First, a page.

Supreme Court to Revisit Fraud-On-The-Market Presumption

John F. Savarese and George Conway are partners in the Litigation Department at Wachtell, Lipton, Rosen & Katz. This post is based on a Wachtell Lipton firm memorandum by Mr. Savarese, Mr. Conway, and Charles D. Cording.

On November 15, 2013, the Supreme Court agreed to hear a case that could, depending upon its outcome, dramatically change private securities litigation. The case is Halliburton Co. v. Erica P. John Fund, Inc., No. 13-317, and it presents the question of whether the Court should reconsider the fraud-on-the-market presumption of reliance that applies in class actions under Section 10(b) of the Securities Exchange Act and SEC Rule 10b-5.

The case is of enormous potential significance. Adopted in 1988 in Basic v. Levinson, the fraud-on-the-market presumption effectively eliminated the need for plaintiffs to individually prove reliance on alleged misstatements in cases involving securities that trade on “efficient” markets. By dispensing with proof of individualized reliance, Basic makes possible the certification of massive Section 10(b) class actions. Without the presumption, classes could not be certified under Federal Rule of Civil Procedure 23(b)(3), because individual reliance questions would predominate over common questions affecting the class as a whole.

The petition for certiorari that was granted in Halliburton last week presents the question of whether Basic should be “overruled or substantially modified.” In tendering that issue, the Halliburton defendants have taken up an invitation four justices made earlier this year in Amgen v. Connecticut Retirement Plans and Trust Funds (see our earlier memo here). Justices Scalia, Kennedy, Thomas, and Alito all indicated in Amgen that reconsideration of Basic may be appropriate because of the continuing debate among economists over a central premise of Basic’s reasoning—the efficiency of capital markets.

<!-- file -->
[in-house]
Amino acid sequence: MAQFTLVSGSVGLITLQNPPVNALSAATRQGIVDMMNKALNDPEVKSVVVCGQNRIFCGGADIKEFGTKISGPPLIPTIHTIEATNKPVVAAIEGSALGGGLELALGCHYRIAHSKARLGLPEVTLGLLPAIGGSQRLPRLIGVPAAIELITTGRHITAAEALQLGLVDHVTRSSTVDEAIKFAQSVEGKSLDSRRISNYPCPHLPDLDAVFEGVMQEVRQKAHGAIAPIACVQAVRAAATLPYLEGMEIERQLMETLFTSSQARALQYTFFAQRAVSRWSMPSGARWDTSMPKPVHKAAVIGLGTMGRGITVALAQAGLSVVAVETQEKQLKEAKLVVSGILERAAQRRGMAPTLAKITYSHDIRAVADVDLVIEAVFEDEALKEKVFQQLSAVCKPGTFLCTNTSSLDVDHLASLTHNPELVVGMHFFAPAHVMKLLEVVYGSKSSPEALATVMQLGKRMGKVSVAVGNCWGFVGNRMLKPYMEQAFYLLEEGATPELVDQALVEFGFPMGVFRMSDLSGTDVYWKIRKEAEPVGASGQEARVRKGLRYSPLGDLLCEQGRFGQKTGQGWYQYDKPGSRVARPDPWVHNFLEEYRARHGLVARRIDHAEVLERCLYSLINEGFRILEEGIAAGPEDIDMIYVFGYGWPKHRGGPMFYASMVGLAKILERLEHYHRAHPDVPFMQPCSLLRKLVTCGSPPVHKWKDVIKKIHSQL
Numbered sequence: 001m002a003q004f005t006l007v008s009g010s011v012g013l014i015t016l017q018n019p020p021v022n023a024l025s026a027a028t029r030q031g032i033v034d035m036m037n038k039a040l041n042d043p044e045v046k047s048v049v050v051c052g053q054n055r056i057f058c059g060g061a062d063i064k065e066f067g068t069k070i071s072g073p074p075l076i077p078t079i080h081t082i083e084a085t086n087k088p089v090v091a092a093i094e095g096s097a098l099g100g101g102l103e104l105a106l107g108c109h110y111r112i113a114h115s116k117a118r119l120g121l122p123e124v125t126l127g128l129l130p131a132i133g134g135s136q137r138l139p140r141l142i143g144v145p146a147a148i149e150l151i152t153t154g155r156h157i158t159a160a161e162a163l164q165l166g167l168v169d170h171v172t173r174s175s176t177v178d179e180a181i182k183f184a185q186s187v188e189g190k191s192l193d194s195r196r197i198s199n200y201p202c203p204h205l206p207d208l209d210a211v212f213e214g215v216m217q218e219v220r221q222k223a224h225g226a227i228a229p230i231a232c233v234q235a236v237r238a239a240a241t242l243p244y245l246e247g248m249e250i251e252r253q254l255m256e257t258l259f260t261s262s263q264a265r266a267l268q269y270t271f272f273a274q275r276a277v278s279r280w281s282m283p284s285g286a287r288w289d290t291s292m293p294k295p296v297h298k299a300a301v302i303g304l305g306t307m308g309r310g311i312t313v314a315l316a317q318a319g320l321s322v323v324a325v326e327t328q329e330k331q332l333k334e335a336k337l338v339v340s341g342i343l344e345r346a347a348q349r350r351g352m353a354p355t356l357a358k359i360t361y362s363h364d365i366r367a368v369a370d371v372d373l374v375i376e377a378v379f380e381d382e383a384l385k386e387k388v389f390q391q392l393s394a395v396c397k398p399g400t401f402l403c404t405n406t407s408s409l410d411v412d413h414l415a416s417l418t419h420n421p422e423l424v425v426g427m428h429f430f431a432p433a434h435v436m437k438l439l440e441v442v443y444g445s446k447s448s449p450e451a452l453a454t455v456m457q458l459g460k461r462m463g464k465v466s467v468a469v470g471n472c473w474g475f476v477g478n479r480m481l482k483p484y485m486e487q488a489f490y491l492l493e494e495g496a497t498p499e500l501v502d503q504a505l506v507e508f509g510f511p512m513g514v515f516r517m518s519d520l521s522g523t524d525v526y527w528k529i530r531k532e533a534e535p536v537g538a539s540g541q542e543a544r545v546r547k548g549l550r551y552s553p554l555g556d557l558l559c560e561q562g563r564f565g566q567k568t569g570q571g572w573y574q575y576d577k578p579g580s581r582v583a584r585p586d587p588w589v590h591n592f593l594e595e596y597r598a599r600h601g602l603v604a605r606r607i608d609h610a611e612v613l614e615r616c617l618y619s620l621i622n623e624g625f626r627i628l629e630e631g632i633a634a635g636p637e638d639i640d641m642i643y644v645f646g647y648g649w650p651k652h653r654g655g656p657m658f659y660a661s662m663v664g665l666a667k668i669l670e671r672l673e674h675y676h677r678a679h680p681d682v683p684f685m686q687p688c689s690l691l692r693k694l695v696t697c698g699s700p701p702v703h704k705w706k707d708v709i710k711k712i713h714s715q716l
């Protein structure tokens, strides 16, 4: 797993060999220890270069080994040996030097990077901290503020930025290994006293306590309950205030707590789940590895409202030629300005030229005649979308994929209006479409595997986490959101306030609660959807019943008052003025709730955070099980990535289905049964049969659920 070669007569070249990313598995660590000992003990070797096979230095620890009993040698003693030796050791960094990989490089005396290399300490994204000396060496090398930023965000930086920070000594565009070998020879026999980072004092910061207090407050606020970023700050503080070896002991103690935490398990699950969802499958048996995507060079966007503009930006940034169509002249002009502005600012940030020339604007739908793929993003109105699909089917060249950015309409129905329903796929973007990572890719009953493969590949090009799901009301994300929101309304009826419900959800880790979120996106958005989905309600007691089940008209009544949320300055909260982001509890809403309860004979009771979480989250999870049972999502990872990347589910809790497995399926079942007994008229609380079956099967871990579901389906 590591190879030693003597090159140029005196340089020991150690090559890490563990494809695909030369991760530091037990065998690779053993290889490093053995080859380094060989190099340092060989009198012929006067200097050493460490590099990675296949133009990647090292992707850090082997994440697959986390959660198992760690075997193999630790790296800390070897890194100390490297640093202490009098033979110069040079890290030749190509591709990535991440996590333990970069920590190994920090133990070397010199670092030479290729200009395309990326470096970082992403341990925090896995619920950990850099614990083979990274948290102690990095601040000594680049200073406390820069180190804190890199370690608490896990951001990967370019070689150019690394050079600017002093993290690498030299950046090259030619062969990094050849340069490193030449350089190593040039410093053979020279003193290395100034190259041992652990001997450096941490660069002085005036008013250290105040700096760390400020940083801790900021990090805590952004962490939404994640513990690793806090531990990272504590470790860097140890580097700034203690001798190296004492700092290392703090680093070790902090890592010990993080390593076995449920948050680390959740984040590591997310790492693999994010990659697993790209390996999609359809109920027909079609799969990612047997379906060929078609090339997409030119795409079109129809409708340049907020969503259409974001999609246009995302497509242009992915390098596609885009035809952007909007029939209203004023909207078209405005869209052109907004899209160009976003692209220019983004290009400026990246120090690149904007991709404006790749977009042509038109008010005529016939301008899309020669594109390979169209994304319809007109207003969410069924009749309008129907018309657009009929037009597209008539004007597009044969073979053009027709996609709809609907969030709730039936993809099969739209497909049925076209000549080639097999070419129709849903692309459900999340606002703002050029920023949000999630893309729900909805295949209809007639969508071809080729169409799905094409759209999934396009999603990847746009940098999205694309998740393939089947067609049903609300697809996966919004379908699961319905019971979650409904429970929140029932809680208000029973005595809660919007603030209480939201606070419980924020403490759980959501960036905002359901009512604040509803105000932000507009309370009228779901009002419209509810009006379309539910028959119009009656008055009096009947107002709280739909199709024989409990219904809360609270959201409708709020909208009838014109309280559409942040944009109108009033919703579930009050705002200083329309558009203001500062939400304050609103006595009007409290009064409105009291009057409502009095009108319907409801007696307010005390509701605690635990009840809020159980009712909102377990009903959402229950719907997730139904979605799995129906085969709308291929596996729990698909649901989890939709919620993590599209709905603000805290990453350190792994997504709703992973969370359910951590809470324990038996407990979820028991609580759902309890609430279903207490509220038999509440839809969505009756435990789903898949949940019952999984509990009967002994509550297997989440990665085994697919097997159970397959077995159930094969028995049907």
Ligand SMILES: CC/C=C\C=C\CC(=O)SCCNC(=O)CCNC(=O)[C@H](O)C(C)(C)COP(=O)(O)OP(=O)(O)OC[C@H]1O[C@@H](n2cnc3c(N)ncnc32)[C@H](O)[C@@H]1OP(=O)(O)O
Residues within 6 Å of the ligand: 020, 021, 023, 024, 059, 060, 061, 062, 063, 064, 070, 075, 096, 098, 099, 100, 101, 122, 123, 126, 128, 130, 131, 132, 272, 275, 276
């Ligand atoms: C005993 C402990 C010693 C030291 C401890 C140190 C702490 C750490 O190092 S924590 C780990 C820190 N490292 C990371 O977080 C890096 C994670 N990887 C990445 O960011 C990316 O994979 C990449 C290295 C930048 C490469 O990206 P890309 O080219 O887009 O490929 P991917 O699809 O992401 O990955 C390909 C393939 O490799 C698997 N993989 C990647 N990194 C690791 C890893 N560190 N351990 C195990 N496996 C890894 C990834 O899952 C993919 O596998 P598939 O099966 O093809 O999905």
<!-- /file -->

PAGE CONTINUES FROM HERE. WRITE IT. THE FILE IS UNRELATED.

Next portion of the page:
But there is another reason why the Court may be willing to reconsider Basic. As Stanford law professor and former SEC Commissioner Joseph Grundfest has written, and as we argued in an amicus brief we recently submitted in Halliburton on behalf of Prof. Grundfest and a distinguished group of former SEC officials and law professors, Basic fundamentally conflicts with the Court’s current approach to construing the judicially-created right of action under Section 10(b). Today, in defining the contours of that implied right, the Court looks to analogous express rights of action and borrows limitations from those provisions. We argue that here, the closest analogue to the 10(b) implied right is Section 18 of the Exchange Act, which requires every plaintiff to prove that he or she actually and individually relied on misstatements made by defendants.

We cannot predict what the Supreme Court will do. But there can be little doubt that, at least as far as American public companies are concerned, Halliburton could turn out to be one of the most important cases that the Supreme Court has ever decided to hear.

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